Virtual debit cards and consumer protection

Author

Karine Robillard, Alexandre Plourde

Organization

Option consommateurs

Published

2014

Summary

Visa and MasterCard are currently getting into the Canadian debit card market. With a virtual debit card offered by three financial institutions, you can make debit purchases remotely via the Visa system, just like with a credit card. However, to carry out a transaction in person, at a retailer’ or through an ATM, the consumer still has to use the Interac system.

Canada provides practically no legal protection for consumers who conduct transactions with such cards. There is no legislative framework for debit cards or for electronic payment systems in general at either the federal or the provincial levels. Until now, apart from the rules of the payment card systems themselves, or those of the CPA system, it is a mainly voluntary approach, with its advantages but mostly its disadvantages, that has been favoured by the competent authorities. Today, it is still the credit card that offers Canadian consumers their best legal protection.

In the absence of binding rules, it is most often the provisions of the cardholder agreement that must serve as law for the parties. However, these cardholder agreements are often weighted against consumers. They give the issuer broad discretion regarding the protection afforded to consumers in the event of fraud or theft of a card. Nor is there a clear commitment that the issuer will make a chargeback in cases of dispute with a merchant, even if the consumer has legally cancelled the purchase.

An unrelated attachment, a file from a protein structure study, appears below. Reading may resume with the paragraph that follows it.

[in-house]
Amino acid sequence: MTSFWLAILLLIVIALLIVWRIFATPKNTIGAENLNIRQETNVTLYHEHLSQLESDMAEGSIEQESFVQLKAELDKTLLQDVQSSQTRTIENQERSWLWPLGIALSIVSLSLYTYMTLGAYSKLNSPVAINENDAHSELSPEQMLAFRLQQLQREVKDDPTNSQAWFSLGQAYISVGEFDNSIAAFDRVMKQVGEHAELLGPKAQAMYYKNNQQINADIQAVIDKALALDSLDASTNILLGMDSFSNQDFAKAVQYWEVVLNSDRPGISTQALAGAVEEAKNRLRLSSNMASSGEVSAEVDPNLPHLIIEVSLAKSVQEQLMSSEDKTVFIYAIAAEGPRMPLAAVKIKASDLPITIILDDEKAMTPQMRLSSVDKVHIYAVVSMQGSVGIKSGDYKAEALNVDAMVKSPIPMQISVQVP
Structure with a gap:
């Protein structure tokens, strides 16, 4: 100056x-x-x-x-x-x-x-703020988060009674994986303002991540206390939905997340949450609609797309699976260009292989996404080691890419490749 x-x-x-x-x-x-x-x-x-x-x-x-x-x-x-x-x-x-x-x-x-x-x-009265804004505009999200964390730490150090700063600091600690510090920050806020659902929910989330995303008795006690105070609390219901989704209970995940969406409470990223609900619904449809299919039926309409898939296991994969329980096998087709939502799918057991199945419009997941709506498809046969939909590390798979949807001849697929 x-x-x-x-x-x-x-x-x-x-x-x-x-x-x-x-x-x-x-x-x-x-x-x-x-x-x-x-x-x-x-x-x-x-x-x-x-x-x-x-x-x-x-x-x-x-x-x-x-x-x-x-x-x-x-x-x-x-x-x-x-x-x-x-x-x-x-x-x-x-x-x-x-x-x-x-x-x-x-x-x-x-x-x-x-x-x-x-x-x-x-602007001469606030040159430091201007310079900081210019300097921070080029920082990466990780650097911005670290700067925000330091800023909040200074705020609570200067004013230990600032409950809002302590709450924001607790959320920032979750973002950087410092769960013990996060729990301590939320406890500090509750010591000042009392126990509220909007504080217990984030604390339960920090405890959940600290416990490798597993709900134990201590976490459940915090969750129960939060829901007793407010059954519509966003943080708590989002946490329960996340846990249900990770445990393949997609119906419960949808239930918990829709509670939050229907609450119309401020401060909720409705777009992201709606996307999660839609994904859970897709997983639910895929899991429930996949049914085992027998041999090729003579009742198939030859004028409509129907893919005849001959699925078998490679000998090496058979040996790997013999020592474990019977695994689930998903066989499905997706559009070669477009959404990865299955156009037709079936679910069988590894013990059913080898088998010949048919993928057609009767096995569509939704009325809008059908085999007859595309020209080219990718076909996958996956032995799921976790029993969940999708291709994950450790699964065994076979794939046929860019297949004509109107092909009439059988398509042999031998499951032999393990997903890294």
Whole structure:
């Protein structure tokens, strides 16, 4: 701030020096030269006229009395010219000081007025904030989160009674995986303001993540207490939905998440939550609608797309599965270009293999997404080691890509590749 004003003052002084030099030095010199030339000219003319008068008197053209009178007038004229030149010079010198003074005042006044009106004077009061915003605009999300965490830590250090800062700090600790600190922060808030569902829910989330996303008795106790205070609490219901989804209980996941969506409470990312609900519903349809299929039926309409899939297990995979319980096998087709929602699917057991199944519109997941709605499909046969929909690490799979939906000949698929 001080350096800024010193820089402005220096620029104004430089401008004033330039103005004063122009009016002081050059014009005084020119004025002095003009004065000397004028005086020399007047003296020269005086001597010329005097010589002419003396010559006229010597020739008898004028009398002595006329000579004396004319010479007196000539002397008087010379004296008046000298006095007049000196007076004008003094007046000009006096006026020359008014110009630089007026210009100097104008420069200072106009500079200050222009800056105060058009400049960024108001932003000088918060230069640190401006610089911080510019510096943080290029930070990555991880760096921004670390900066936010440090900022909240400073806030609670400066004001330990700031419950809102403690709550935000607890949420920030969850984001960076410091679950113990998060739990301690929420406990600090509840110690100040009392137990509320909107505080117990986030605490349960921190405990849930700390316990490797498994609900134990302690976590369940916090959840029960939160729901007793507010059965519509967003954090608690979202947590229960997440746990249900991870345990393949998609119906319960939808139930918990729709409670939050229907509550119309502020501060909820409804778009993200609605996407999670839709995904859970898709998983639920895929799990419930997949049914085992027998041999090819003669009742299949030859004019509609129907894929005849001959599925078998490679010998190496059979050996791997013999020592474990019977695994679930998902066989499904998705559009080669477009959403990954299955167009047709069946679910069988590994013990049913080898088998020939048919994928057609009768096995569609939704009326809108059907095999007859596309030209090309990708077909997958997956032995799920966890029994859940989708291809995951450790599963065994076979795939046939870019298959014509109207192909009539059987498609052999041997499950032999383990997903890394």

Many consumers and even some merchants are inadequately informed about this new product. While Visa and MasterCard are well known in Canada as issuers of credit cards, there is considerable confusion about debit cards that use these networks. More importantly, many consumers are unaware of their rights and responsibilities when it comes to virtual debit cards; some, demonstrating great confidence in their financial institution, believe they have equivalent protection regardless of the type of payment card concerned.

As a solution, Option consommateurs proposes the adoption of a legally binding framework for debit cards that would establish rules that stipulate the extent of liability in cases of unauthorized use and dictate the obligations of the issuer in the event of a dispute between the merchant and the consumer. Option consommateurs also recommends that the whole range of issues raised by the proliferation of payment instruments in Canada be addressed by establishing a harmonized legislative framework that is able to adapt to new technologies.

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OCA Funded Research
This research received funding support through the Office of Consumer Affairs' Contributions Program.


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Source: Consumer Policy Research Database

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